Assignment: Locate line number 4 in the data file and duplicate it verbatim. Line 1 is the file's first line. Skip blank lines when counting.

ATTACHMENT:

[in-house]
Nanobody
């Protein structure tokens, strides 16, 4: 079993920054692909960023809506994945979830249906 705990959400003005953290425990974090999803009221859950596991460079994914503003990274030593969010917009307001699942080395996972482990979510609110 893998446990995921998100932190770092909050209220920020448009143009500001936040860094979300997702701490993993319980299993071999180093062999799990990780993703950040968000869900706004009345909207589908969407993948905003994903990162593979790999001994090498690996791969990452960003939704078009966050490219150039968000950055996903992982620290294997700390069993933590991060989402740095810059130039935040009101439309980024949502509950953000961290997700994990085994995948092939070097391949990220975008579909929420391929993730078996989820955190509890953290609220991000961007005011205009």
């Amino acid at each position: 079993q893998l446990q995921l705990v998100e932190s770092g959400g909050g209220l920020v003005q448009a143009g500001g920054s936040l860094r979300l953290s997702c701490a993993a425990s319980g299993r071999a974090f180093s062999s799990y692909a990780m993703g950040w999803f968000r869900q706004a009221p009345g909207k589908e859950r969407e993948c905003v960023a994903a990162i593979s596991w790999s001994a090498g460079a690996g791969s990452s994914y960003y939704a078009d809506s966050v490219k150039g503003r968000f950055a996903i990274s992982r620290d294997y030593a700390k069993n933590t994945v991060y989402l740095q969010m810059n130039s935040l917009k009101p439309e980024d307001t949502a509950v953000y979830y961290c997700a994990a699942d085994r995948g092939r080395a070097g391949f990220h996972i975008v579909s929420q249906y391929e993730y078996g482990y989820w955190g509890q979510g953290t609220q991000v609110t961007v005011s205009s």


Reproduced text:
């Amino acid at each position: 079993q893998l446990q995921l705990v998100e932190s770092g959400g909050g209220l920020v003005q448009a143009g500001g920054s936040l860094r979300l953290s997702c701490a993993a425990s319980g299993r071999a974090f180093s062999s799990y692909a990780m993703g950040w999803f968000r869900q706004a009221p009345g909207k589908e859950r969407e993948c905003v960023a994903a990162i593979s596991w790999s001994a090498g460079a690996g791969s990452s994914y960003y939704a078009d809506s966050v490219k150039g503003r968000f950055a996903i990274s992982r620290d294997y030593a700390k069993n933590t994945v991060y989402l740095q969010m810059n130039s935040l917009k009101p439309e980024d307001t949502a509950v953000y979830y961290c997700a994990a699942d085994r995948g092939r080395a070097g391949f990220h996972i975008v579909s929420q249906y391929e993730y078996g482990y989820w955190g509890q979510g953290t609220q991000v609110t961007v005011s205009s």